Safety in Hong Kong


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Police patrol in Hong KongExpats can expect to feel secure, given the high level of safety in Hong Kong. While petty theft and even more serious crimes do occur, with the latter happening far less frequently, Hong Kong Island and its surrounding areas generally have a low crime rate.
 
For the most part, a large, highly trained police presence deters criminals, especially in the heavily patrolled city centre. In areas where the presence of police is less concentrated, such as Kowloon or the New Territories, some apartment complexes and houses employ a private security company.

Most people feel safe to walk at night as violent crime isn't a large concern. There are no areas of Hong Kong that particularly need to be avoided but, as is the case in many other urban centres, expats should be especially mindful of their belongings in congested areas.

Pickpockets are most common in marketplaces, on public transportation such as the MTR, Peak Tram or Star Ferry; and in the Central District. Aside from this, expats only have to take standard security precautions.

  • Lock doors and windows when leaving home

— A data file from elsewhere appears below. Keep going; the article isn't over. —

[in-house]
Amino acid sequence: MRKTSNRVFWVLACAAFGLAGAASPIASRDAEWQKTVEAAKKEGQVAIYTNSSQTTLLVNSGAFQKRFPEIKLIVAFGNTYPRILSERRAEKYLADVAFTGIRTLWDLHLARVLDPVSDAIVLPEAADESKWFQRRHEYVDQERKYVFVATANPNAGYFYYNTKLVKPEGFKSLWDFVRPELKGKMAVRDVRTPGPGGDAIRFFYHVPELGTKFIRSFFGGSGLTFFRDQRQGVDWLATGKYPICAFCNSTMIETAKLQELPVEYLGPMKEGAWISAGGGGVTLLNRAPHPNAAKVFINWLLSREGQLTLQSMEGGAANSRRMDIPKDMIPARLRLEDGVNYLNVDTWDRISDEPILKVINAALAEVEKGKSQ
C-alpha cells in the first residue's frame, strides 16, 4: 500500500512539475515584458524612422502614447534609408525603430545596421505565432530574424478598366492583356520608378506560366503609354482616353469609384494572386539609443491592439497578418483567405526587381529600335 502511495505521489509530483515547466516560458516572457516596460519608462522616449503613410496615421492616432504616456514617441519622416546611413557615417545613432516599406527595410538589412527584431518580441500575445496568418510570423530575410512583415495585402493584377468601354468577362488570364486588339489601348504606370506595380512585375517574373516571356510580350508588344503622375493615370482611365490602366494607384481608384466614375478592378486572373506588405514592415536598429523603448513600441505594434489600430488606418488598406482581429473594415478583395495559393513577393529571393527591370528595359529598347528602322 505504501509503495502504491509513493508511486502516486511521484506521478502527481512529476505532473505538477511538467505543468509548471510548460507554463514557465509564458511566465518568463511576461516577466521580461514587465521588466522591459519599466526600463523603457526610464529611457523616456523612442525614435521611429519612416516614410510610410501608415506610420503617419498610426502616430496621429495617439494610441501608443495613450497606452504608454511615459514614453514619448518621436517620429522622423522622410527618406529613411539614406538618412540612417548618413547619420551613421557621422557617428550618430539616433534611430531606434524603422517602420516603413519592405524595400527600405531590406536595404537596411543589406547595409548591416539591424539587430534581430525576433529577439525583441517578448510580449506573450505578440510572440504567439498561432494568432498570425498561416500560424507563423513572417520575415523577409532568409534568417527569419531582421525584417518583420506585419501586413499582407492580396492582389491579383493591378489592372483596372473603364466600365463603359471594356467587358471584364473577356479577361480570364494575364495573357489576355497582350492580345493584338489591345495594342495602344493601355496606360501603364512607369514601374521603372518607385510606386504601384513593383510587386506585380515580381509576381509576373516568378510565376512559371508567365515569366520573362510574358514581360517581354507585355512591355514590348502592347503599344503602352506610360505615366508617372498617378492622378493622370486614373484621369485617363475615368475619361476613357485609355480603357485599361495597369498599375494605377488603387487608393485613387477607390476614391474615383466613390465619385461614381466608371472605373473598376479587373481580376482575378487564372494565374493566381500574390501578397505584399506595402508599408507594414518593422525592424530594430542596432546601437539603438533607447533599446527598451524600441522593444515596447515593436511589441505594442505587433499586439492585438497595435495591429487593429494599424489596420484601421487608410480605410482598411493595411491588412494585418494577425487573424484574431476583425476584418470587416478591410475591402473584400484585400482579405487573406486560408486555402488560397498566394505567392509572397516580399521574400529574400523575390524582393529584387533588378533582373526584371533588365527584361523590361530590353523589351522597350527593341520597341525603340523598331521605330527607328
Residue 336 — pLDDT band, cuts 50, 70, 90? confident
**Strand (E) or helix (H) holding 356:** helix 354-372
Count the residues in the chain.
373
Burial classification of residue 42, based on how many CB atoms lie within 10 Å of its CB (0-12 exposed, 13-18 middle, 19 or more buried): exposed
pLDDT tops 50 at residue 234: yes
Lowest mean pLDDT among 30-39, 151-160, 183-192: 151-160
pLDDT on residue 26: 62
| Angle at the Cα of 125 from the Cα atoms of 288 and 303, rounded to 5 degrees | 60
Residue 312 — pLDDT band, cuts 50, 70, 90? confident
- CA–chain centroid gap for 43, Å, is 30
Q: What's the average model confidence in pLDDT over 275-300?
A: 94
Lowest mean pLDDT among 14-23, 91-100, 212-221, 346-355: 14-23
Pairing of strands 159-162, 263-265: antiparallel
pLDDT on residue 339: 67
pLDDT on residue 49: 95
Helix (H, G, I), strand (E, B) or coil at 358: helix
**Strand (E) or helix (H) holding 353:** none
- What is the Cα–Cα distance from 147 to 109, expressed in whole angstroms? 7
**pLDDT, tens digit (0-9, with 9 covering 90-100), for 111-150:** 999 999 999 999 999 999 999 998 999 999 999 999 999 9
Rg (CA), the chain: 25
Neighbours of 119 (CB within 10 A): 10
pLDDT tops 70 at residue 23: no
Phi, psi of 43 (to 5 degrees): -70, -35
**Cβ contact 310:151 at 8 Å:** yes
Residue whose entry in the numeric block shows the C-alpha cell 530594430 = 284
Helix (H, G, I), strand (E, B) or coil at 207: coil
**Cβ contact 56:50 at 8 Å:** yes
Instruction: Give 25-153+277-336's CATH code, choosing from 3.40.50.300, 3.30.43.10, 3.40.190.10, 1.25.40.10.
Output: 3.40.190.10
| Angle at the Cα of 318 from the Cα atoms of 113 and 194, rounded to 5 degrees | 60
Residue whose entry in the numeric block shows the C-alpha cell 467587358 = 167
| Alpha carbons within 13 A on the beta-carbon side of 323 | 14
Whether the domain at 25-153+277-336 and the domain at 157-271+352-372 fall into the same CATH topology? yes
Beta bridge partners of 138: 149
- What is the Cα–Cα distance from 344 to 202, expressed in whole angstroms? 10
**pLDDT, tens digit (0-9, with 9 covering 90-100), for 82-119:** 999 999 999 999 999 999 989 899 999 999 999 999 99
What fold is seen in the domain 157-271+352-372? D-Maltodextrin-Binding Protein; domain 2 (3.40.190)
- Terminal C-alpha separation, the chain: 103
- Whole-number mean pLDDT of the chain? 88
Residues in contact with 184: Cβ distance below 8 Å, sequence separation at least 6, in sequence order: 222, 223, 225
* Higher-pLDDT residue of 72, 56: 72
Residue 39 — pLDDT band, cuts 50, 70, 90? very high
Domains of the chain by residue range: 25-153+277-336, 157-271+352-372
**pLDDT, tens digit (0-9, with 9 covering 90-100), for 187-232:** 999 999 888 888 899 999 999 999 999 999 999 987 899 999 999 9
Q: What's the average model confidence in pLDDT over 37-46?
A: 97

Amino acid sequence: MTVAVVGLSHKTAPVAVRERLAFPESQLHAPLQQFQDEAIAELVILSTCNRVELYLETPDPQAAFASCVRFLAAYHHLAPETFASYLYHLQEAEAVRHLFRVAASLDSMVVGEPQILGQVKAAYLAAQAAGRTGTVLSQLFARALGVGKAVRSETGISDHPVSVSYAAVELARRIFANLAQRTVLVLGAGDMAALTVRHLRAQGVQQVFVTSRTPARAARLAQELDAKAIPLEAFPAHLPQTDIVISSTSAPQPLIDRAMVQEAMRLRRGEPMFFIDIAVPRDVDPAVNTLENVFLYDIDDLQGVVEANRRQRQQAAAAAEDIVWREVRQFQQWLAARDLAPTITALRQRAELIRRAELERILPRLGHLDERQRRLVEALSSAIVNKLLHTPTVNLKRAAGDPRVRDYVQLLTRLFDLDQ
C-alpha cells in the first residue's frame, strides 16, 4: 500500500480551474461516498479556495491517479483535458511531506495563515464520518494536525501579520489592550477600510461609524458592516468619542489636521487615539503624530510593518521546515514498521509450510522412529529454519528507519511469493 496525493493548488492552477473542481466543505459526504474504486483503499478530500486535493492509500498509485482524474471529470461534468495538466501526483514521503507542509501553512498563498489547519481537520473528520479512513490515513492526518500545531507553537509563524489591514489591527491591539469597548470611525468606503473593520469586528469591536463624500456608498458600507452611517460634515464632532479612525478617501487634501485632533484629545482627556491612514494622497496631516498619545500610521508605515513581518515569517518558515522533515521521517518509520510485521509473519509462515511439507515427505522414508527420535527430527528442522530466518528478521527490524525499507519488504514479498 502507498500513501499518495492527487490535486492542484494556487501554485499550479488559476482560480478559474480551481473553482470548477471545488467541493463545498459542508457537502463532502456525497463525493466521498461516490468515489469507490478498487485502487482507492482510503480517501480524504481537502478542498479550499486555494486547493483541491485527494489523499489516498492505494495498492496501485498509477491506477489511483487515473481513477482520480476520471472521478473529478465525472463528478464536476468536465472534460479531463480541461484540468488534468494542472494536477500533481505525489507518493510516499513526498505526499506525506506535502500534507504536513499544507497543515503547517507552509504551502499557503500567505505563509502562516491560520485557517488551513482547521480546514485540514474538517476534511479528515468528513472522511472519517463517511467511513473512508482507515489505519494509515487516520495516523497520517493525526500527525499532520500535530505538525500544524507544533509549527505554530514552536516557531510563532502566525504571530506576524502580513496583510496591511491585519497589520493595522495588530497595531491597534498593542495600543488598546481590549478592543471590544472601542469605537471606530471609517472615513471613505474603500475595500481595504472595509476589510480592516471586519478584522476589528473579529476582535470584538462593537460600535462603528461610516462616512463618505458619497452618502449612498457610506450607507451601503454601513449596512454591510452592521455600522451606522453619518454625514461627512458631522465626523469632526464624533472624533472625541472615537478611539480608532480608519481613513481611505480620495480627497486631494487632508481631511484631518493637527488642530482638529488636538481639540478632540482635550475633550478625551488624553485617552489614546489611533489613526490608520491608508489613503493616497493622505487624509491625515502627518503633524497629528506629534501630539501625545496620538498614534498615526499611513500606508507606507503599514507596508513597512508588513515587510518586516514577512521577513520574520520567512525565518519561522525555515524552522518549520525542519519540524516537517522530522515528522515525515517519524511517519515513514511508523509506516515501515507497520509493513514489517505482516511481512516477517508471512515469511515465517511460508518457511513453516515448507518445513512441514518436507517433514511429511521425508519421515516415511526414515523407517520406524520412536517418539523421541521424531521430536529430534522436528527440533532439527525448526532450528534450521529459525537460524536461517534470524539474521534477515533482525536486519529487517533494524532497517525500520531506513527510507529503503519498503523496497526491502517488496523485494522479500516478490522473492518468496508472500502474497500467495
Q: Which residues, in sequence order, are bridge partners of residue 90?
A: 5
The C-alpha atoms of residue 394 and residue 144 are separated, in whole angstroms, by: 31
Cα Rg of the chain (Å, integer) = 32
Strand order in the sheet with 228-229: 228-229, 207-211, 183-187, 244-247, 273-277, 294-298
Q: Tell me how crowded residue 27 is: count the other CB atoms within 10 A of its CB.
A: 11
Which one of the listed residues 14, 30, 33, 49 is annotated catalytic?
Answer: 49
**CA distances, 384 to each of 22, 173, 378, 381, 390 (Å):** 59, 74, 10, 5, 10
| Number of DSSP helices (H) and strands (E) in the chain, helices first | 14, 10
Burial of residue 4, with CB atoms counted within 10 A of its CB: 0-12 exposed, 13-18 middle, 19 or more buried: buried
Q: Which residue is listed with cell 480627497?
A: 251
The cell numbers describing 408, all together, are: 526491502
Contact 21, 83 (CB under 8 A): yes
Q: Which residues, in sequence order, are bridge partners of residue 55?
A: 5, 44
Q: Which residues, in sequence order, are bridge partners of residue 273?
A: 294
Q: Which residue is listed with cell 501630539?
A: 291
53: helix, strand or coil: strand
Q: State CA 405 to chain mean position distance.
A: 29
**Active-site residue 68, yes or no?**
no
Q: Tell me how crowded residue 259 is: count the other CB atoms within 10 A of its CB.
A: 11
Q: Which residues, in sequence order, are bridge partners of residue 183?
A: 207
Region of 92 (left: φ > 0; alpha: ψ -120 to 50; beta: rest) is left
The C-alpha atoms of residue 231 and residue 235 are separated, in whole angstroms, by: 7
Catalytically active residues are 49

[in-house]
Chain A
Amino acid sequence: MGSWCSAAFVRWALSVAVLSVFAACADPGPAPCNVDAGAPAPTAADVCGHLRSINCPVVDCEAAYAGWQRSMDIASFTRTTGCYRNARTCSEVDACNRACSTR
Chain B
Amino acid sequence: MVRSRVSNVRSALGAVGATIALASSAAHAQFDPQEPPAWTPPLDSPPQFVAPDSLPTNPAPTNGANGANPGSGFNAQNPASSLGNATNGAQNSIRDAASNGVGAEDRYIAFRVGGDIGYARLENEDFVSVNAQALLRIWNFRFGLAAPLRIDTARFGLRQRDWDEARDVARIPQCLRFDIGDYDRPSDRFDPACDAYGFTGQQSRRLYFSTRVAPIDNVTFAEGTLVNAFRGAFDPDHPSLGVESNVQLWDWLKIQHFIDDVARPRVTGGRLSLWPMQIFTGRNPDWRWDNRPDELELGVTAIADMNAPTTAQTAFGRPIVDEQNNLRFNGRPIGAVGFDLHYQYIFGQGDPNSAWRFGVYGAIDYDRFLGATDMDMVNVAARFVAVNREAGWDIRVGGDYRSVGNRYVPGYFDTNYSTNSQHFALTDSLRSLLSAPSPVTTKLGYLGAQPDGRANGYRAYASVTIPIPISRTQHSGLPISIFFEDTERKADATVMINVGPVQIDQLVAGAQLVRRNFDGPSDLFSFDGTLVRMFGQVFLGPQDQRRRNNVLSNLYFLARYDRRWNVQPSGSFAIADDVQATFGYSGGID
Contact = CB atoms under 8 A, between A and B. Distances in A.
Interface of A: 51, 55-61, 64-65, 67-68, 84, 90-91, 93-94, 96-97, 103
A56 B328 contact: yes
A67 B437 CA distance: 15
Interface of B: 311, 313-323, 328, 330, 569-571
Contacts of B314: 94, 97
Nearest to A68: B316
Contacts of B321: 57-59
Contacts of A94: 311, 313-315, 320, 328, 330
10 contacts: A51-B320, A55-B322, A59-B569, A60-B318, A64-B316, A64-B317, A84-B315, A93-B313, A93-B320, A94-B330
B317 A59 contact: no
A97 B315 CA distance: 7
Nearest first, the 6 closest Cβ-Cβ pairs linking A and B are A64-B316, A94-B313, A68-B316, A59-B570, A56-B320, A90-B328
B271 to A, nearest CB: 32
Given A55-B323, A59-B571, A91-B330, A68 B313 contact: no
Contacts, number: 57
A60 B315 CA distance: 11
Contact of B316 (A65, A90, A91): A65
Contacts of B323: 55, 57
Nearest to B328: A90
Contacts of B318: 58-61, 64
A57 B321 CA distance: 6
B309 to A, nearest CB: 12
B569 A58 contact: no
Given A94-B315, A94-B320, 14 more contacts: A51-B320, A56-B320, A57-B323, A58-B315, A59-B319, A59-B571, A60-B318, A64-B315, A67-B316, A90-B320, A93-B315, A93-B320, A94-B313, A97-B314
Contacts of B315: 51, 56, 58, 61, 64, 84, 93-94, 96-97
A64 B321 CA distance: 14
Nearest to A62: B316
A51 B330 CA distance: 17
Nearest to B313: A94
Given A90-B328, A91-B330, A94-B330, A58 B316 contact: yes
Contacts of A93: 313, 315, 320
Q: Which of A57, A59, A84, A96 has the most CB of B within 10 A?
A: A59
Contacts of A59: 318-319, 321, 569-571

• Keep valuable possessions out of plain view

  • Be aware of one's surroundings and keep note of personal belongings.

 

Road safety in Hong Kong


Hong Kong has a well-developed system of roads, and an admirably efficient public transportation system. Orderly congestion is standard in the city, especially during rush hour. Road accident deaths in Hong Kong are also fairly low with 120 people, on average, dying in road accidents per year. According to the Hong Kong Monthly Digest of Statistics, however, this is part of a general trend that has seen casualties progressively decrease from a significantly higher 202 people in 2003. 
 

While the severity of traffic accidents has decreased, the number of collisions has increased from 14,436 accidents in 2003, to 15,894. To put this in context, however, the British government reports that 1,754 people died in traffic accidents in the UK in 2012 alone, while 23,309 people were seriously injured in road collisions. 

As such, car-owning expatriates in Hong Kong can anticipate a relatively safe driving environment.
 

Health safety in Hong Kong


There are no specific health concerns associated with Hong Kong. The government is also quick to respond to potential diseases after a SARS outbreak wreaked havoc in 2003, with the sporadic cases of bird flu that do arise quickly managed and contained. 
 

Emergency Numbers

  • Medical: 999
  • Police: 999

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